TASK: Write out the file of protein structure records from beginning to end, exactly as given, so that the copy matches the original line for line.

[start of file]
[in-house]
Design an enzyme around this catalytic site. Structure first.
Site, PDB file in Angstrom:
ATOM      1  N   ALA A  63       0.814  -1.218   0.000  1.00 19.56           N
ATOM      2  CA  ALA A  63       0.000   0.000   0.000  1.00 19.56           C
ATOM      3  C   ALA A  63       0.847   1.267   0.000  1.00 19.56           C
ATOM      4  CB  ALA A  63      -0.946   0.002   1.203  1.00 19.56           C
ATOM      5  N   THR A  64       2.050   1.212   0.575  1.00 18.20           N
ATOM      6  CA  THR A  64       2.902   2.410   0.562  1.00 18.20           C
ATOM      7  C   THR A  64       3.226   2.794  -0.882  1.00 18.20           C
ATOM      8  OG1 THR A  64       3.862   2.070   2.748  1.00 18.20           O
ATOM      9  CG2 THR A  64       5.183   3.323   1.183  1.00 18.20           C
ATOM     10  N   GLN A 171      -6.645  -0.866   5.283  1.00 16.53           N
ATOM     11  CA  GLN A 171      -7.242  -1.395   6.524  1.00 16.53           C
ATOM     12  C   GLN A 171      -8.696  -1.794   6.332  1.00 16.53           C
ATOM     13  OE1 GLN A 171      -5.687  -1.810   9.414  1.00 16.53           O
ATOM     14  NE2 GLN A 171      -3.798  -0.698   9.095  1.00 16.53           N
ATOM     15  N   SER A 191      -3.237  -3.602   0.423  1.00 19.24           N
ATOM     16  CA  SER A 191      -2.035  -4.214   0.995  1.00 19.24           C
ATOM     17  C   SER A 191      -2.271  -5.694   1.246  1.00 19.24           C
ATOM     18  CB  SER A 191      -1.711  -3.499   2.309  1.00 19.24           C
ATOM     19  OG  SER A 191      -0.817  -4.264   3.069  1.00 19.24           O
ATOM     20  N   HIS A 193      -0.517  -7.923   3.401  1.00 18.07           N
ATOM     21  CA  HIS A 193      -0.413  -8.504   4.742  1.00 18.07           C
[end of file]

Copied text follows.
[in-house]
Design an enzyme around this catalytic site. Structure first.
Site, PDB file in Angstrom:
ATOM      1  N   ALA A  63       0.814  -1.218   0.000  1.00 19.56           N
ATOM      2  CA  ALA A  63       0.000   0.000   0.000  1.00 19.56           C
ATOM      3  C   ALA A  63       0.847   1.267   0.000  1.00 19.56           C
ATOM      4  CB  ALA A  63      -0.946   0.002   1.203  1.00 19.56           C
ATOM      5  N   THR A  64       2.050   1.212   0.575  1.00 18.20           N
ATOM      6  CA  THR A  64       2.902   2.410   0.562  1.00 18.20           C
ATOM      7  C   THR A  64       3.226   2.794  -0.882  1.00 18.20           C
ATOM      8  OG1 THR A  64       3.862   2.070   2.748  1.00 18.20           O
ATOM      9  CG2 THR A  64       5.183   3.323   1.183  1.00 18.20           C
ATOM     10  N   GLN A 171      -6.645  -0.866   5.283  1.00 16.53           N
ATOM     11  CA  GLN A 171      -7.242  -1.395   6.524  1.00 16.53           C
ATOM     12  C   GLN A 171      -8.696  -1.794   6.332  1.00 16.53           C
ATOM     13  OE1 GLN A 171      -5.687  -1.810   9.414  1.00 16.53           O
ATOM     14  NE2 GLN A 171      -3.798  -0.698   9.095  1.00 16.53           N
ATOM     15  N   SER A 191      -3.237  -3.602   0.423  1.00 19.24           N
ATOM     16  CA  SER A 191      -2.035  -4.214   0.995  1.00 19.24           C
ATOM     17  C   SER A 191      -2.271  -5.694   1.246  1.00 19.24           C
ATOM     18  CB  SER A 191      -1.711  -3.499   2.309  1.00 19.24           C
ATOM     19  OG  SER A 191      -0.817  -4.264   3.069  1.00 19.24           O
ATOM     20  N   HIS A 193      -0.517  -7.923   3.401  1.00 18.07           N
ATOM     21  CA  HIS A 193      -0.413  -8.504   4.742  1.00 18.07           C